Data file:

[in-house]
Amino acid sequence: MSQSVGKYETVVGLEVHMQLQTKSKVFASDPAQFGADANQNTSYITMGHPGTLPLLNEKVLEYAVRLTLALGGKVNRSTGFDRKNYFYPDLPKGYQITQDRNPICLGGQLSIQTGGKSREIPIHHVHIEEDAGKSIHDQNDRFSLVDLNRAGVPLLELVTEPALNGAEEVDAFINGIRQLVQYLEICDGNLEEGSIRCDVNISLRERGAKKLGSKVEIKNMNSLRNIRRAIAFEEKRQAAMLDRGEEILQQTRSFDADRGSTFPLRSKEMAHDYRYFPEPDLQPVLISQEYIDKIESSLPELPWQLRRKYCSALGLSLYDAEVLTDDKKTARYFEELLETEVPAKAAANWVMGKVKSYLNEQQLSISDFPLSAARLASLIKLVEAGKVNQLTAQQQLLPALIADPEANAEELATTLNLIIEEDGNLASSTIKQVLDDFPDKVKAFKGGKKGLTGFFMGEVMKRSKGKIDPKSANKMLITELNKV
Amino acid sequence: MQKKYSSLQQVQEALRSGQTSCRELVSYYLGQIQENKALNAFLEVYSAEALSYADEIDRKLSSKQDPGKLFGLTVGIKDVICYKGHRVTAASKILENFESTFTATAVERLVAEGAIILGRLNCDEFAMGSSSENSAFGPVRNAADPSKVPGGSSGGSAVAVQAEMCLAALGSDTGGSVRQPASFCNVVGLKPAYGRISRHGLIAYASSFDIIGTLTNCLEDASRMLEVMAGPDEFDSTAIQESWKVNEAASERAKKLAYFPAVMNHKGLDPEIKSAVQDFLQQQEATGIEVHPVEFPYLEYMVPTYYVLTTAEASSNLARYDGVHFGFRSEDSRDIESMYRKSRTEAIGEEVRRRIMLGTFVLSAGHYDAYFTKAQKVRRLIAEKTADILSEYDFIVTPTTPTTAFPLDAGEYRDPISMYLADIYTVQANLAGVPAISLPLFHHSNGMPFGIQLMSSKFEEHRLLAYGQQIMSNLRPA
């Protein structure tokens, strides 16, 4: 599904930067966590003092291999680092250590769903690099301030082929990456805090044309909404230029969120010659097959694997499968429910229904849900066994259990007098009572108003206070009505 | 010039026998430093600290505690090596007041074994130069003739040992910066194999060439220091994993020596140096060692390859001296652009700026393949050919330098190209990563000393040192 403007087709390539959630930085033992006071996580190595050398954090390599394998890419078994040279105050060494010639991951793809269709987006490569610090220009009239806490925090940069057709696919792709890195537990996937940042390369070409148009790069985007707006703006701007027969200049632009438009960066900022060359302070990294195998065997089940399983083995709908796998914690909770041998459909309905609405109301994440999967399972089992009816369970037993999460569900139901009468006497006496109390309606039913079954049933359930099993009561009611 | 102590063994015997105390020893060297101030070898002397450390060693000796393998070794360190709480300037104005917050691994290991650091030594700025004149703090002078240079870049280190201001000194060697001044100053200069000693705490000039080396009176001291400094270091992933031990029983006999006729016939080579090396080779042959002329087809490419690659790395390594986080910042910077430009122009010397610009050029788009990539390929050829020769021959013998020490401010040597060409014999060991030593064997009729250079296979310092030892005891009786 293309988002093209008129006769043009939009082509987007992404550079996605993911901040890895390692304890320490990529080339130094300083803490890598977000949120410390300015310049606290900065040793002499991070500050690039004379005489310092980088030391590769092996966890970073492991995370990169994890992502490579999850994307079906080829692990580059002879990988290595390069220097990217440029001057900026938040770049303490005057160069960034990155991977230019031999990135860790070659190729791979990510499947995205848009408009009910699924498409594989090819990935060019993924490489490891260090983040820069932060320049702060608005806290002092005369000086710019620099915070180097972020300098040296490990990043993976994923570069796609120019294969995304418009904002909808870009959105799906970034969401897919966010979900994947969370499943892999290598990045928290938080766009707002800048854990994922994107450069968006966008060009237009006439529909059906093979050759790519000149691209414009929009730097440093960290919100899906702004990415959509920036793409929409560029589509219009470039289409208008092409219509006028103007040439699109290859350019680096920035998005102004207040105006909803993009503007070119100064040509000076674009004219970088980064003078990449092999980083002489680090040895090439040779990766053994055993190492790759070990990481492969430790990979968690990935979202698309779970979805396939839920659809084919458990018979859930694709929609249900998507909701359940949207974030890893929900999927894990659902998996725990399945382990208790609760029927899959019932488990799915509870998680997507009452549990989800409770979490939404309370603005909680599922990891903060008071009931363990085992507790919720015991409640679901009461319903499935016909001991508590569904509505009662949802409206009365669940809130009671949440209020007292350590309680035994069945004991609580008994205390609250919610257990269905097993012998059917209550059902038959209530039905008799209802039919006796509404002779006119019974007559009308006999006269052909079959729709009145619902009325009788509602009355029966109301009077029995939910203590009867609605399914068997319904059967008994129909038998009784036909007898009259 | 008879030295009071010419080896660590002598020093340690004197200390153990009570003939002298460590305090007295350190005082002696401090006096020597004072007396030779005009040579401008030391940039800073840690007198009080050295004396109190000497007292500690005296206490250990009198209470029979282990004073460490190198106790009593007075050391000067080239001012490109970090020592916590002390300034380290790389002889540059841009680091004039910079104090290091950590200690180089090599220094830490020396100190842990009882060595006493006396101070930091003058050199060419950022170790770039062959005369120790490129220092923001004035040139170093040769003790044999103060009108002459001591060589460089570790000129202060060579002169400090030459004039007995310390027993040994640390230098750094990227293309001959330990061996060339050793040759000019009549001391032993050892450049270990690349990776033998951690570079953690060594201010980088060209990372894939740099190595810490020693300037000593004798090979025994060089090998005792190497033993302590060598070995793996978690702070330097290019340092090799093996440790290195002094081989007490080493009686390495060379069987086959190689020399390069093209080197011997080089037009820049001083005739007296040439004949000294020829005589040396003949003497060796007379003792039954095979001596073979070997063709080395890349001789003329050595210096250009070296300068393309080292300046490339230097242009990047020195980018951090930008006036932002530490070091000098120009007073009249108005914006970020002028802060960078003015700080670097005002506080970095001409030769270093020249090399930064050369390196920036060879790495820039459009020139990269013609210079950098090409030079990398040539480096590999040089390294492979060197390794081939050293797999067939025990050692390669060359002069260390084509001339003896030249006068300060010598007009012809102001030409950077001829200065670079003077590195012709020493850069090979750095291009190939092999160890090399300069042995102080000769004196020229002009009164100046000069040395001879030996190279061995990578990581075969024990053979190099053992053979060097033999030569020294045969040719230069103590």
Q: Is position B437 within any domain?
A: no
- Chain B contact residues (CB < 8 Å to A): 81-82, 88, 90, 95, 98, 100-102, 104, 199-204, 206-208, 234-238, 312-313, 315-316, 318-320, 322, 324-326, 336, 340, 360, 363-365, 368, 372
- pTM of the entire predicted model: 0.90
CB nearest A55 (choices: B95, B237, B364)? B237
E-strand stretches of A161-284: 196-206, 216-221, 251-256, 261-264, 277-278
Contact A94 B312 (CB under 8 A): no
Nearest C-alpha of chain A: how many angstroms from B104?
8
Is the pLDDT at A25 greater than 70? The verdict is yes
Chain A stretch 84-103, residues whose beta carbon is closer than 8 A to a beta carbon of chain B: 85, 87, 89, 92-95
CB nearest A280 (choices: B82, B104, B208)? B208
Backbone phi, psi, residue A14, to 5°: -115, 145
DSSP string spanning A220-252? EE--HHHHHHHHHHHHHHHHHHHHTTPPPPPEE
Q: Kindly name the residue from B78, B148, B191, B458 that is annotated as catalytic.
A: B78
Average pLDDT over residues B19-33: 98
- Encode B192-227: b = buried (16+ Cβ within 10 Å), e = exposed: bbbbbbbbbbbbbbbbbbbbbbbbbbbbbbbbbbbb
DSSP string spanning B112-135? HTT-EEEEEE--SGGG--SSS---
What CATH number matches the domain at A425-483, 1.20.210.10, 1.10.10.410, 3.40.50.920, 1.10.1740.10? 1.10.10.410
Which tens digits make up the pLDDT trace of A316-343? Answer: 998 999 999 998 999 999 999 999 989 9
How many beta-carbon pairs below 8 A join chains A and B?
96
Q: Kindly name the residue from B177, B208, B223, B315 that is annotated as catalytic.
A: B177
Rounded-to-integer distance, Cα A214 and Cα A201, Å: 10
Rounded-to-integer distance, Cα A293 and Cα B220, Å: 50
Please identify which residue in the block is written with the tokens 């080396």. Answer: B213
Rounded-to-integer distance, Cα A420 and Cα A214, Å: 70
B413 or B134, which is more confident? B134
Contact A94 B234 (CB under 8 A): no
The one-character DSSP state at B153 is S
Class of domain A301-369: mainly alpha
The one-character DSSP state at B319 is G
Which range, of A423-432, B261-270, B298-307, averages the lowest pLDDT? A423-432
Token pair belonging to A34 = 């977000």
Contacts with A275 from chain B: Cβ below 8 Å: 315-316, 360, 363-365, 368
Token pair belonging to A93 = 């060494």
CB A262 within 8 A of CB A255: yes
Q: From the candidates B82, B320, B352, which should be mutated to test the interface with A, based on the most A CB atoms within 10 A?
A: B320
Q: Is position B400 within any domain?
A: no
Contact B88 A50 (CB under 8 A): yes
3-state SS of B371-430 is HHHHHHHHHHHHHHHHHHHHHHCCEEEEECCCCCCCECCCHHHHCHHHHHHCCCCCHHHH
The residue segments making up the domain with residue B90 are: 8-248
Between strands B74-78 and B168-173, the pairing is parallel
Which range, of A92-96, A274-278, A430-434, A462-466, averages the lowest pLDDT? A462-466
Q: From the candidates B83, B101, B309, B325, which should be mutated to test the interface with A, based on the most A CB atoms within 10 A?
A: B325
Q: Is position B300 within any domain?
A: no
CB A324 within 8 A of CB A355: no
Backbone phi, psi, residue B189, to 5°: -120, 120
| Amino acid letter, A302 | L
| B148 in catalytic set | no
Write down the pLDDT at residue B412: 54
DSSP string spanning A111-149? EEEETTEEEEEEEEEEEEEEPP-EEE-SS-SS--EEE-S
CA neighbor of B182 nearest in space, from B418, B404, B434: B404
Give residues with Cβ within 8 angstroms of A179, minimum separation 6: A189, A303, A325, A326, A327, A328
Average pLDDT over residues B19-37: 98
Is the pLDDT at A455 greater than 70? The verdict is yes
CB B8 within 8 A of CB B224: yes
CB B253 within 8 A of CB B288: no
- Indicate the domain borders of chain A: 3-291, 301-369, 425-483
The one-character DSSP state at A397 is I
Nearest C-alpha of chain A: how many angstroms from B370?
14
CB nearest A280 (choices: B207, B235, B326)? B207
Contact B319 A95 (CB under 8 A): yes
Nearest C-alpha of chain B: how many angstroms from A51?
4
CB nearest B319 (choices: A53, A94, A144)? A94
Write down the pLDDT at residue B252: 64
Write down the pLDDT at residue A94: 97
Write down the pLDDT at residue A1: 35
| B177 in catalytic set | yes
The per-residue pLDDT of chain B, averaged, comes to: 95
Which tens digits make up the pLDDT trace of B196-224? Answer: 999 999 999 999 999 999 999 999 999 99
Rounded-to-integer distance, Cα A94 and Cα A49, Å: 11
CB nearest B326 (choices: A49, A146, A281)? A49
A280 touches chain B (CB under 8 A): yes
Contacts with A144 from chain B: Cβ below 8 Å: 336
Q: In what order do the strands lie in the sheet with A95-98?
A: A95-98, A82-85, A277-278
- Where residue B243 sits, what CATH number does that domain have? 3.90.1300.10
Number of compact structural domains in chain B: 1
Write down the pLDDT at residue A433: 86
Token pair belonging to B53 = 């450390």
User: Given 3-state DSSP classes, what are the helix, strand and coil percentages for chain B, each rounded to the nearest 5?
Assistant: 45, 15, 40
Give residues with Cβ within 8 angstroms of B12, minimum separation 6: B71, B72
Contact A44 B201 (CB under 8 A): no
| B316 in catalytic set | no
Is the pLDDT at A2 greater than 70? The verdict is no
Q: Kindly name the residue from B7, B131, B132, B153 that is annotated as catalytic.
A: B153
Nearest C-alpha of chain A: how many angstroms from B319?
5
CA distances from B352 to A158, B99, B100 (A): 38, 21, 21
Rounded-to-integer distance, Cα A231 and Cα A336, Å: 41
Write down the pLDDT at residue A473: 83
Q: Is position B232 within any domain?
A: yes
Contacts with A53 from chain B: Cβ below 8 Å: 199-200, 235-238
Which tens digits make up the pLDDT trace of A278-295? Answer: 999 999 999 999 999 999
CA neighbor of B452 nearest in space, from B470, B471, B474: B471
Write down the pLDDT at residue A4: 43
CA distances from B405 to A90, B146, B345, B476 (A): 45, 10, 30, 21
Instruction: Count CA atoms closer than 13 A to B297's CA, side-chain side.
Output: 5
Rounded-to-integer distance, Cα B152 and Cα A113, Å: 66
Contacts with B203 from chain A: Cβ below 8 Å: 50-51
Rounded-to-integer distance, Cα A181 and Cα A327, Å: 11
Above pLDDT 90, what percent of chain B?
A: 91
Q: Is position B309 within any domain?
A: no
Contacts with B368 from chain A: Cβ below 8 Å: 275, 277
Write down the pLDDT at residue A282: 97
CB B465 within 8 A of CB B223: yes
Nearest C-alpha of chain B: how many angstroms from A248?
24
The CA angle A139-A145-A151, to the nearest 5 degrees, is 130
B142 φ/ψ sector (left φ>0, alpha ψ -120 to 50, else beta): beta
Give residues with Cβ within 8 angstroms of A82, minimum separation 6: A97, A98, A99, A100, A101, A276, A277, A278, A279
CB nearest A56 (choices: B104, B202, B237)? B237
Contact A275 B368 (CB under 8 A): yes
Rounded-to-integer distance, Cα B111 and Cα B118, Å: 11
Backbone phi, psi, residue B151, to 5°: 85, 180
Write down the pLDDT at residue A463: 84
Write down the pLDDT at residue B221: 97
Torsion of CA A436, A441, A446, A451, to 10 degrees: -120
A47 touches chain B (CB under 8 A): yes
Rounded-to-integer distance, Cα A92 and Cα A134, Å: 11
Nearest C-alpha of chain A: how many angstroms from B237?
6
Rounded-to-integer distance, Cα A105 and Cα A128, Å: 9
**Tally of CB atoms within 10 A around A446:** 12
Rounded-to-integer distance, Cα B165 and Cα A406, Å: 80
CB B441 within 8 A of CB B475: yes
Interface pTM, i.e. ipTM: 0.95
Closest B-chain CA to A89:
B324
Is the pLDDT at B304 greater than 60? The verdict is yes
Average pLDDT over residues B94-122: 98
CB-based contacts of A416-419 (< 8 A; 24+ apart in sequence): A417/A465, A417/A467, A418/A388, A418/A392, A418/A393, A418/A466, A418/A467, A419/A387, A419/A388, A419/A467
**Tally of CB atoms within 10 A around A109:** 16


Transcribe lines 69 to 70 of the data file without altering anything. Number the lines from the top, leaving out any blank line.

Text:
- Indicate the domain borders of chain A: 3-291, 301-369, 425-483
The one-character DSSP state at A397 is I